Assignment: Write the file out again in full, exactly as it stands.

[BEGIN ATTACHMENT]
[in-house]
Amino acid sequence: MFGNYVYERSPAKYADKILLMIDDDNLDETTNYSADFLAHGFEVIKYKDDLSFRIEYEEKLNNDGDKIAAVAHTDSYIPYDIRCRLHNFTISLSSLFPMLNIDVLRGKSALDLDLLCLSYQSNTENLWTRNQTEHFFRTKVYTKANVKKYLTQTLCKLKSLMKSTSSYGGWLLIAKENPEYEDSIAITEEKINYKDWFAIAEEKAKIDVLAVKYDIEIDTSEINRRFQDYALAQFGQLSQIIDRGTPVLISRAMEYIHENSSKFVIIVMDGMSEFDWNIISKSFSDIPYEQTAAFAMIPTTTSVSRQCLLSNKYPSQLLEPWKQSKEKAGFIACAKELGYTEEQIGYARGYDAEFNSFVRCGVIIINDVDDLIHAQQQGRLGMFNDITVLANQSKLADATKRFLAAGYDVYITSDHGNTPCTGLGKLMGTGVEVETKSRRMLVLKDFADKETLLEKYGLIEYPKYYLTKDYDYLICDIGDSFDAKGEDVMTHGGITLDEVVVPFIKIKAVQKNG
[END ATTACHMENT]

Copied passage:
[in-house]
Amino acid sequence: MFGNYVYERSPAKYADKILLMIDDDNLDETTNYSADFLAHGFEVIKYKDDLSFRIEYEEKLNNDGDKIAAVAHTDSYIPYDIRCRLHNFTISLSSLFPMLNIDVLRGKSALDLDLLCLSYQSNTENLWTRNQTEHFFRTKVYTKANVKKYLTQTLCKLKSLMKSTSSYGGWLLIAKENPEYEDSIAITEEKINYKDWFAIAEEKAKIDVLAVKYDIEIDTSEINRRFQDYALAQFGQLSQIIDRGTPVLISRAMEYIHENSSKFVIIVMDGMSEFDWNIISKSFSDIPYEQTAAFAMIPTTTSVSRQCLLSNKYPSQLLEPWKQSKEKAGFIACAKELGYTEEQIGYARGYDAEFNSFVRCGVIIINDVDDLIHAQQQGRLGMFNDITVLANQSKLADATKRFLAAGYDVYITSDHGNTPCTGLGKLMGTGVEVETKSRRMLVLKDFADKETLLEKYGLIEYPKYYLTKDYDYLICDIGDSFDAKGEDVMTHGGITLDEVVVPFIKIKAVQKNG